As we indicated in a January 17, 2019 blog article, the New Prime v. Oliveira, 139 S. Ct. 532 (2019), opinion was likely to lead to uncertainty in the transportation industry. Some imaginative commentators even forecast that the Federal Arbitration Act (FAA) Section 1 exemption could be a tool to unravel arbitration agreements with class waivers in a broad swath of companies that transport, carry or deliver goods or commodities. We believe those commentators, however, are construing Section 1 far too broadly and out of context.
Now, we are seeing some of the arguments regarding the scope of the FAA’s Section 1 play out in Rittman v. Amazon.com, Case No. 2:16-cv-01554 (W.D. Wash.) Rittmann involves a Fair Labor Standards Act collective action alleging that Amazon did not properly compensate its delivery drivers. But, it has now focused on whether Amazon’s local delivery drivers (who may also use other means of delivery) fall within Section 1 exemption, making their arbitration agreements unenforceable after New Prime. For those who may have forgotten, Section 1 excludes from the Act’s coverage: “contracts of employment of seamen, railroad employees, or any other class of workers engaged in foreign or interstate commerce.” 9 U.S.C. § 1.
In a Supplemental Response in Support of its Motion to Dismiss and Compel Arbitration filed on March 6, 2019, Amazon maintained that the plaintiffs’ argument conflicted with the exemption’s language, purposes and relevant decisions. The Amazon brief contrasted the narrow language of the Section 1 residual clause that focuses on whether the workers are “engaged in . . . interstate commerce” with Section 2 of the FAA the governs that threshold application of the FAA and states a “contract evidencing a transaction involving commerce.” 9 U.S.C. § 2 (emphasis added) (Responsive Brief at 7).
Citing Circuit City Stores, Inc. v. Adams, 532 U.S. 105, 115 (2001), the supplemental brief pointed out that the language of Section 2 “signals an intent to exercise Congress’ commerce power to the full”, while the Section 1 language “engaged in commerce [has] a more limited reach.” Moreover, Amazon’s supplemental brief also pointed out:
“Why would Congress choose different words in sequential statutory sections if they intended the words to mean the same thing? Plaintiffs’ argument collapses the distinction between Sections 1 and 2. They argue that the drivers here should be excluded because ‘their work involves interstate transportation of goods’ – regardless of whether they engage in interstate transportation. * * * But ‘involving commerce’ is not interchangeable with ‘workers engaged.’ Plaintiffs’ conflation of the two different standards explains their groundless argument that the FAA does not apply ‘at all’ (under Section 2) unless the Exemption (under Section 1) applies.” (Responsive Brief at 8).
And, Amazon explained that New Prime does not support the plaintiffs’ argument because it did not even address the meaning of “engaged in interstate commerce” since all parties agreed that Oliveira “qualifies as a worker engaged in interstate commerce.” Slip Op. at 6. Instead, New Prime decided that transportation workers, whether independent contractors or employees, are not covered by the FAA.
In response, plaintiffs disputed Amazon’s factual contention that the drivers do not cross state lines in making deliveries. Moreover, they asserted that some decisions have recognized “[d]elivery drivers may fall within the exemption for ‘transportation workers’ even if they make interstate deliveries only occasionally.” According to plaintiffs, crossing state lines wasn’t a requirement. Instead, for the transportation worker exemption they must deliver goods that are “within the frame of interstate commerce.” Circuit City, 531 U.S. at 118. (See Plaintiffs’ March 6, 2019 Response, at 5).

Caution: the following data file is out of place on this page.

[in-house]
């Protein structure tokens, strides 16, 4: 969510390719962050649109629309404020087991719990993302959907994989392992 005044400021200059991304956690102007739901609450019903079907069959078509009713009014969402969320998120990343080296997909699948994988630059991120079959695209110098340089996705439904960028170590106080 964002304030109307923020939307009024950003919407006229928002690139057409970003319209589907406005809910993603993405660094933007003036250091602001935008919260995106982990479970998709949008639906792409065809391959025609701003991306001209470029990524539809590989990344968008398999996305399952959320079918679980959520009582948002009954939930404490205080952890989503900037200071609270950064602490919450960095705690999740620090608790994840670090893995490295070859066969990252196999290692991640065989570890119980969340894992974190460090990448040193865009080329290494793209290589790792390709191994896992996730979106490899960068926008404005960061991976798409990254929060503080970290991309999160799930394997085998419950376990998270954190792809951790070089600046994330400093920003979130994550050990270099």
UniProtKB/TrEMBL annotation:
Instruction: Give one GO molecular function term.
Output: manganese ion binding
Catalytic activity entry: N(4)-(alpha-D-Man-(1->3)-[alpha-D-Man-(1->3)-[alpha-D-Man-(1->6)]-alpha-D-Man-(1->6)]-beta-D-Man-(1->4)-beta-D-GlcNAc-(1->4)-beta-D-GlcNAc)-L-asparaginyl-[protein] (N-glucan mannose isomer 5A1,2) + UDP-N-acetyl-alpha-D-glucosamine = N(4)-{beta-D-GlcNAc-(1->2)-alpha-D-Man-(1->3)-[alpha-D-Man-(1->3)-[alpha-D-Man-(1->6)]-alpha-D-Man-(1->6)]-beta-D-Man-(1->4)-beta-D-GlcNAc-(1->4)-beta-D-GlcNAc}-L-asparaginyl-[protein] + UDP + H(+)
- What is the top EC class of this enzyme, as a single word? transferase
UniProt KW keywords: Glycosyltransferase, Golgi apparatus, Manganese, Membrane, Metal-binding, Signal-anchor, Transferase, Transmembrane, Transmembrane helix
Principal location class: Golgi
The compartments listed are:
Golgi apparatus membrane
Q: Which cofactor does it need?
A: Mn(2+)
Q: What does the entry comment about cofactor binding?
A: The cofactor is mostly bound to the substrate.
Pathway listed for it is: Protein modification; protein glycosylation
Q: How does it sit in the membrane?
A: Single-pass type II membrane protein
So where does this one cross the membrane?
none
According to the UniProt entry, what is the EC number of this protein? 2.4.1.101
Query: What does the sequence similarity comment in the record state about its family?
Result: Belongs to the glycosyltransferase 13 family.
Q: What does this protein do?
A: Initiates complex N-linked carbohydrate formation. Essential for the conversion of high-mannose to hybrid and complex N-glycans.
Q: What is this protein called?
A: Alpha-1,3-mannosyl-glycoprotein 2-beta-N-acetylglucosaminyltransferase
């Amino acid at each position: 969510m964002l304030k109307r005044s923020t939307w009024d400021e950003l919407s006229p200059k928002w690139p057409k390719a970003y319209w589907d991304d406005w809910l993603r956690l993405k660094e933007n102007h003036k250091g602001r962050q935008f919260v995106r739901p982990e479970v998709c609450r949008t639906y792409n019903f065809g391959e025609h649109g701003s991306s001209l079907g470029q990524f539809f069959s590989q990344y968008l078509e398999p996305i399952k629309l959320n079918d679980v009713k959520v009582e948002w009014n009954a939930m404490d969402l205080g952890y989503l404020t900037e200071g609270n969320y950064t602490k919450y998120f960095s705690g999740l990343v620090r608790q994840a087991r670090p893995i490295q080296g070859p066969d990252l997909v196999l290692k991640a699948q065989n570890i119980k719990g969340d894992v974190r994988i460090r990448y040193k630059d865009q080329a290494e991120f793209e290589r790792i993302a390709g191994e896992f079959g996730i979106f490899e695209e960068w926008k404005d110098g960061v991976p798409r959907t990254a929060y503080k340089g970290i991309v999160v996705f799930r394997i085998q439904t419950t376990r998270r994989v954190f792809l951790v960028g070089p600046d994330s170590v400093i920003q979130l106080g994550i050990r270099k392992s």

To the contrary, Amazon pointed out, local delivery drivers are not engaged to operate in interstate commerce. For support, it cited Hill v Rent-A-Center, 398 F.3d 1286, 1290 (11th Cir. 2005), and Magana v. DoorDash, Inc., 343 F. Supp. 3d 891, 895 (N.D. Cal. 2018). Both held that local delivery drivers were not exempt or excluded from the FAA. (See Amazon Brief at 9).
The briefing in the Amazon case illustrates some of the difficulties in applying the Section 1 exemption in contexts not involving interstate truck drivers. But, we believe Amazon’s arguments are compelling and that they should prevail.
While considering what workers were engaged to do is the most straight-forward approach, (and one that we agree with), some courts have looked to the origins of the cargo or the worker’s degree of connection with interstate commerce. For example, in an unpublished opinion, a California appellate court found even a delivery truck driver who did not cross state lines still was subject to the FAA exemption. See Nieto v. Fresno Beverage Co. Inc., Case No. FO74704, (Cal. Ct. of Appeals, Fifth Appellate District, Mar. 7, 2019).
To avoid potential litigation, companies operating delivery services should be clear as to what the workers do and do not do in any arbitration agreement. As noted above, this could be difficult when varying tests for the exemption exist. Further, to avoid the future impact of a negative court decision, companies should also consider the potential application of state contract and arbitration procedures, if the FAA is not available. However, companies must first consider if the applicable state laws permit the enforcement of class or collective action waivers.
The Amazon litigation illustrates our concern that the New Prime opinion was only the beginning not the end of disputes over the application of the Section 1 exemption.